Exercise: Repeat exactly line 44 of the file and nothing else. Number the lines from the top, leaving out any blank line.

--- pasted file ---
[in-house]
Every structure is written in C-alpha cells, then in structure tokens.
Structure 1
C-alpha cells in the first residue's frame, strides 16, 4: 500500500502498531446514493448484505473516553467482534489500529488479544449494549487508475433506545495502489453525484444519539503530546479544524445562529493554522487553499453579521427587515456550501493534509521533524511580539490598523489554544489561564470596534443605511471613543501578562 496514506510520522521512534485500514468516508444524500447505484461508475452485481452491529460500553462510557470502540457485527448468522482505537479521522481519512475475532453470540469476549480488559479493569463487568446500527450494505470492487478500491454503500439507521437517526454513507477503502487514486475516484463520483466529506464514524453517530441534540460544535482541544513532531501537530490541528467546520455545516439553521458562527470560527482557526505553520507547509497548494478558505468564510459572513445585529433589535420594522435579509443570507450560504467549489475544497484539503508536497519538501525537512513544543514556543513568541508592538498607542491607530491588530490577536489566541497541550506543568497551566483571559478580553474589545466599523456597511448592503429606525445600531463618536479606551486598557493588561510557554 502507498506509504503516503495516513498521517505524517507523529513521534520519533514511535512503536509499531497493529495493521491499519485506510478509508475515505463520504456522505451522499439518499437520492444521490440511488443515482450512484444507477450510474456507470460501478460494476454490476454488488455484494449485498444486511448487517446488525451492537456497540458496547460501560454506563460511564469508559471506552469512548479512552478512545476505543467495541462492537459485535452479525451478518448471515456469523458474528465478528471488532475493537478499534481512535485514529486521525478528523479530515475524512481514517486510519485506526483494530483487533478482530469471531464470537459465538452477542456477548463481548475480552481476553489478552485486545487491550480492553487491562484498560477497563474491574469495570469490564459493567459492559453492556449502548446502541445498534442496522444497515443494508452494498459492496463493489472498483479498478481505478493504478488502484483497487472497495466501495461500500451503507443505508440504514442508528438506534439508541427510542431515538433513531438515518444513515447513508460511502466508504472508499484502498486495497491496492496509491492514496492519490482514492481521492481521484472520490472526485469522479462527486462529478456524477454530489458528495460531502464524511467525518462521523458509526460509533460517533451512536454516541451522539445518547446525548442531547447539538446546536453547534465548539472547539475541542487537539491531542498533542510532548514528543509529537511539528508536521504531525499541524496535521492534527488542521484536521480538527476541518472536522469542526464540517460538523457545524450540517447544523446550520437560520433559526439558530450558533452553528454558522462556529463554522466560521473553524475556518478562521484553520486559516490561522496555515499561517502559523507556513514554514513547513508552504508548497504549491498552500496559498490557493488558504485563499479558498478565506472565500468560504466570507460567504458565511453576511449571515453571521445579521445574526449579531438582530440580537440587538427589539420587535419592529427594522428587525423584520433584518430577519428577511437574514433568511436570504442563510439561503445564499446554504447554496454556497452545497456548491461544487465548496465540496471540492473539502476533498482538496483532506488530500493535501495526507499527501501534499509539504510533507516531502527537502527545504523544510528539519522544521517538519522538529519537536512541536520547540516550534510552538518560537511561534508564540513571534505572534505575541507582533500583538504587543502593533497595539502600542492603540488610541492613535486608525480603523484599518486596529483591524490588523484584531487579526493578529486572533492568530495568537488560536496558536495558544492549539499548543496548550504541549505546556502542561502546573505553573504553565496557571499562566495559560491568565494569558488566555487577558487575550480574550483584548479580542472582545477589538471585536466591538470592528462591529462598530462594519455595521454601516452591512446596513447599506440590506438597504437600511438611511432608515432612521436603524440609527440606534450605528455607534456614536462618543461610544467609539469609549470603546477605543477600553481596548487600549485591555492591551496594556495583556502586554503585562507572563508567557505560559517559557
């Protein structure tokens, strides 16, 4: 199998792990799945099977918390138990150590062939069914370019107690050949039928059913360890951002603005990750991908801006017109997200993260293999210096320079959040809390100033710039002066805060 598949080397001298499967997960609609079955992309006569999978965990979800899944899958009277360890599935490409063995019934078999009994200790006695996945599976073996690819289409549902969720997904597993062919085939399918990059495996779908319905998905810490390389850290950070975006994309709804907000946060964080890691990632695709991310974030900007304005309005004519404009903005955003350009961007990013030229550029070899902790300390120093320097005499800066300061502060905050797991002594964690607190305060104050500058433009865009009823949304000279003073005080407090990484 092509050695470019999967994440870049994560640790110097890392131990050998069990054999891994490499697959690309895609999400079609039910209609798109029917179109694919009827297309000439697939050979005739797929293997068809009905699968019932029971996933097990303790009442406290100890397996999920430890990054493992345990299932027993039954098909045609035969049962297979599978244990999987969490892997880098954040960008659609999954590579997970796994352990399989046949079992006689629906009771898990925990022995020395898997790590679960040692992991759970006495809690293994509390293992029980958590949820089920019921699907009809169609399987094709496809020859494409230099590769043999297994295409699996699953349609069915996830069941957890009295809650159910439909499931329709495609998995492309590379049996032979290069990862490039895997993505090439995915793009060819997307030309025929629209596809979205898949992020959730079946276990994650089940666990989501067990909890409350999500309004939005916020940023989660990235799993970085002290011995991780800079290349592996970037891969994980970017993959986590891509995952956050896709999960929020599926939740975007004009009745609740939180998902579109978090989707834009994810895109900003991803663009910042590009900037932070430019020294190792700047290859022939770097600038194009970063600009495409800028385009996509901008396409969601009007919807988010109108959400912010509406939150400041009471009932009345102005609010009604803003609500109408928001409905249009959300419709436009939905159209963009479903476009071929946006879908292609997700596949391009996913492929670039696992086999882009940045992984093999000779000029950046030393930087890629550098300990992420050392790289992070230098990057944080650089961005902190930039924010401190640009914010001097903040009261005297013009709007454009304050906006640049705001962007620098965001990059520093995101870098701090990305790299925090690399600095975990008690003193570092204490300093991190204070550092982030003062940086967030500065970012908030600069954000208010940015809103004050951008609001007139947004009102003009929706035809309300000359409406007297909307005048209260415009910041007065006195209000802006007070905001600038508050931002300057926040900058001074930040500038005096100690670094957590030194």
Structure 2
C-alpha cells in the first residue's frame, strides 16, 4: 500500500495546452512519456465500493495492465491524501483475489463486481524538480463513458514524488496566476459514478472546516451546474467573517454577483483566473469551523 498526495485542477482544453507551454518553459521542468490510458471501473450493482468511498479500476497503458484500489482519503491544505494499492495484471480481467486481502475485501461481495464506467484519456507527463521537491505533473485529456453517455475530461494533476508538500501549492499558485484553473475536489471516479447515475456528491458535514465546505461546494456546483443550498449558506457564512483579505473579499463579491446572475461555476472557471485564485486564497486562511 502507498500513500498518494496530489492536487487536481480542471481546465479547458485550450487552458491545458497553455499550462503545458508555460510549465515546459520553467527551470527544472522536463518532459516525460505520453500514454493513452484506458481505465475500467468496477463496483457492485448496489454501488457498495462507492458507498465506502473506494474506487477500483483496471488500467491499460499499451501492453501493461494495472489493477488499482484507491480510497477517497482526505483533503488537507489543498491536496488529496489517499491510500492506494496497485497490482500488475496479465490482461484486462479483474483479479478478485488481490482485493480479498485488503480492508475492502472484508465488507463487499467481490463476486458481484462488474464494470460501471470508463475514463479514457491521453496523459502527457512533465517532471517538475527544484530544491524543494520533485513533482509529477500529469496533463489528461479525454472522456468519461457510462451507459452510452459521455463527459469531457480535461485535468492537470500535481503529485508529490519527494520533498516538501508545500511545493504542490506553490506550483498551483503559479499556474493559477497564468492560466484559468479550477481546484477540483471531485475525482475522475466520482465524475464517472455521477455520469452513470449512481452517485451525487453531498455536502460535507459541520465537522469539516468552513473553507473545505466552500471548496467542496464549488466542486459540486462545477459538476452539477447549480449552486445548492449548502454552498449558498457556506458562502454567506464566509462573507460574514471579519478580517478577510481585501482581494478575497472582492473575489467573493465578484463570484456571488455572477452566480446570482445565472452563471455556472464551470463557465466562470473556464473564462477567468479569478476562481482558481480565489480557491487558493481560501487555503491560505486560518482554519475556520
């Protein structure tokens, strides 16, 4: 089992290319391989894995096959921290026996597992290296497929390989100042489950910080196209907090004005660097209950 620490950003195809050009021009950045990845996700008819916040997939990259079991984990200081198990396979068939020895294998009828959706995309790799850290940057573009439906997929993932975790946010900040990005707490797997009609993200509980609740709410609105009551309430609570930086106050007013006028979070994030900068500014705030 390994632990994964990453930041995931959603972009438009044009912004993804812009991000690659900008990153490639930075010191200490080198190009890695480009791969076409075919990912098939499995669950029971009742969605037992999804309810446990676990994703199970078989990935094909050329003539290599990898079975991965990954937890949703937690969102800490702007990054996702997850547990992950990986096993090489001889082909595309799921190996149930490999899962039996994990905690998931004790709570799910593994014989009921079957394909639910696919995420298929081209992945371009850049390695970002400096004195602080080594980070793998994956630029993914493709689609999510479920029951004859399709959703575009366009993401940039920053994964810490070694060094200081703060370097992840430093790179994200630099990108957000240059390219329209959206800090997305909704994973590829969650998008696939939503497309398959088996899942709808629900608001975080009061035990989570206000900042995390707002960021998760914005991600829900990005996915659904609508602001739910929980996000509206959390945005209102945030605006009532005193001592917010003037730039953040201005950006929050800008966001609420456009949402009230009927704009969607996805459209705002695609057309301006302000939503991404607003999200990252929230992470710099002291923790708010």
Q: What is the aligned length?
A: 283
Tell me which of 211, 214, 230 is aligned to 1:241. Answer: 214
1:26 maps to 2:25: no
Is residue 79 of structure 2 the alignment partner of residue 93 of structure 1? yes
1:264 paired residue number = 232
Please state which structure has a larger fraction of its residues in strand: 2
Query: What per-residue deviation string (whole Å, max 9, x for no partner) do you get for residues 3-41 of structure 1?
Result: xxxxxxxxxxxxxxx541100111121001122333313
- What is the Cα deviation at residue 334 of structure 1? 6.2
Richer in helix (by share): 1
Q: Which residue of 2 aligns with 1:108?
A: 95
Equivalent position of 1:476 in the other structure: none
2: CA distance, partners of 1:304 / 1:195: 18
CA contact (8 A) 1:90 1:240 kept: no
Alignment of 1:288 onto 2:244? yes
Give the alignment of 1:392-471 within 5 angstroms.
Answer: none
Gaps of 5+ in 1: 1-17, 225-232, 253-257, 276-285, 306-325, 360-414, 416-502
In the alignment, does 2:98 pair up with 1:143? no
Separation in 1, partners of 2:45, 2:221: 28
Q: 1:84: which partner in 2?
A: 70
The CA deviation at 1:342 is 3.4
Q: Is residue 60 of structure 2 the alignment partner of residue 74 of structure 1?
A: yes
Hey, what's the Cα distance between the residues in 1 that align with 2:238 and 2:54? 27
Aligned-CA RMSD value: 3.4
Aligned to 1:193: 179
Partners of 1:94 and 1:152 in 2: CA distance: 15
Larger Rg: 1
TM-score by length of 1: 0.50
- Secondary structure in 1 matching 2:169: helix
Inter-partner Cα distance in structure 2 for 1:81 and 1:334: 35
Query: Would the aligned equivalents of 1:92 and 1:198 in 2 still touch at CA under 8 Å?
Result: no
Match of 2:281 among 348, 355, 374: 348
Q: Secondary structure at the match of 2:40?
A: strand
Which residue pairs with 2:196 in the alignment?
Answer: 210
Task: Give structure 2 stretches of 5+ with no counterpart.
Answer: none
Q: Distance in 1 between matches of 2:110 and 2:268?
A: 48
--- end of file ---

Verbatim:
Query: Would the aligned equivalents of 1:92 and 1:198 in 2 still touch at CA under 8 Å?